Surface Piercing

Surface piercings are relatively new to body modifications, and there aren’t many piercers who are familiar with this type of piercing. Basically, the jewelry is shaped like a staple; it enters the skin at one point and exits at another point of a flat surface.

Popular surface piercings include hip piercings, wrist piercings, nape piercings, and sternum piercings. These piercings can heal, but at the same time, they have a high rejection rate.

Healing a surface piercing can be complicated because it may appear healed on the outside, but the skin will heal from the outside in, which means the inside of the piercing probably isn’t healed.

Surface piercings cause a lot of trauma to the skin, which increases the risks of problems. Plus, most surface piercings are placed in high friction activities, where you’ll find a lot of movement and activity, increasing problems.

When cleaning a surface piercing, use saline or a mild sea salt mix. Let the piercing soak and drain like normal. You don’t want lymph and crusties sitting on the barbell for long, so when you do clean, use a Q-Tip and gently wipe around the entry/exit points.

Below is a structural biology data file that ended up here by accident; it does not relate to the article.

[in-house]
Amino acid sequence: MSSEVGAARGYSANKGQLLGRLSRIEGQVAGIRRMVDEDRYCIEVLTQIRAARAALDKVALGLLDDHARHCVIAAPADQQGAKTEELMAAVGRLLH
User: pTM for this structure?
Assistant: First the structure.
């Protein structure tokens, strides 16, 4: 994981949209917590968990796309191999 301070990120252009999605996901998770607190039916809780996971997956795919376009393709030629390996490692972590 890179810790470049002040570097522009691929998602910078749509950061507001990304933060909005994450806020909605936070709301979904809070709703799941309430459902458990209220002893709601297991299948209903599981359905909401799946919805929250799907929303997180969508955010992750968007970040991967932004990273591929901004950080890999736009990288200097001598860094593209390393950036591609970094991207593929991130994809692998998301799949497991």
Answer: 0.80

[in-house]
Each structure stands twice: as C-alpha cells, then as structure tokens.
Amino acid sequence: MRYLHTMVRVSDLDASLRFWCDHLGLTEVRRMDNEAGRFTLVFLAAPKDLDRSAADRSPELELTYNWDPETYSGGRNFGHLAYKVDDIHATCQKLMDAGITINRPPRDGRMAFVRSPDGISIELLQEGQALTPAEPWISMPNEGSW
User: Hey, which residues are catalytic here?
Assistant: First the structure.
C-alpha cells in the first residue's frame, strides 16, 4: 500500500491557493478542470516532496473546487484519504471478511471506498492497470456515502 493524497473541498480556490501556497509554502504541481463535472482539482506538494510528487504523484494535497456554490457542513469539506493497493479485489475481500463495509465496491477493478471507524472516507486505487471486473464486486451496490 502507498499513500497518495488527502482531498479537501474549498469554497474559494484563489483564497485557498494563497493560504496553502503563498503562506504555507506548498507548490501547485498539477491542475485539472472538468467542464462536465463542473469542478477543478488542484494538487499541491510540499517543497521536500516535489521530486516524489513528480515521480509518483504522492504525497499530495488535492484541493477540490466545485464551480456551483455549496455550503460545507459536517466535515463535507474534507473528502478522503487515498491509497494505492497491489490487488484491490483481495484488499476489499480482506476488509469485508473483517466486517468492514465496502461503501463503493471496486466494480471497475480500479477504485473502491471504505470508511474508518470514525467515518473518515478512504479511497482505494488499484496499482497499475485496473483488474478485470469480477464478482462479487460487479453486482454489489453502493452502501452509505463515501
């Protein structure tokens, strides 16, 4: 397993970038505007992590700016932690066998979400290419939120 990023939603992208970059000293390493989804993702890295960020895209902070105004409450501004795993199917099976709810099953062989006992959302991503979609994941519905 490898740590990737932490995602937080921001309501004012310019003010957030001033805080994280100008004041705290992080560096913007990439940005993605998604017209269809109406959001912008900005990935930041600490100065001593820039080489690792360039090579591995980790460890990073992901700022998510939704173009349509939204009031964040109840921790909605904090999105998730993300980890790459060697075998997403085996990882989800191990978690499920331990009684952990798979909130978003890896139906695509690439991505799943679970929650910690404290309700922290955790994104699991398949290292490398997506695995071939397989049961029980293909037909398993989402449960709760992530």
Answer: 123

During the aftercare process, watch increased swelling and redness. If you experience pain and irritation that does not subside, the piercing is probably infected. You’ll 100% know that the piercing is infected if it is draining a dark yellow or green puss.

Because there are many problems with surface piercings, you’ll want to keep an eye out for migration and rejection. Basically, you’ll start to notice the barbell more and the skin less. Once you notice migration, there’s nothing you can do to reverse it.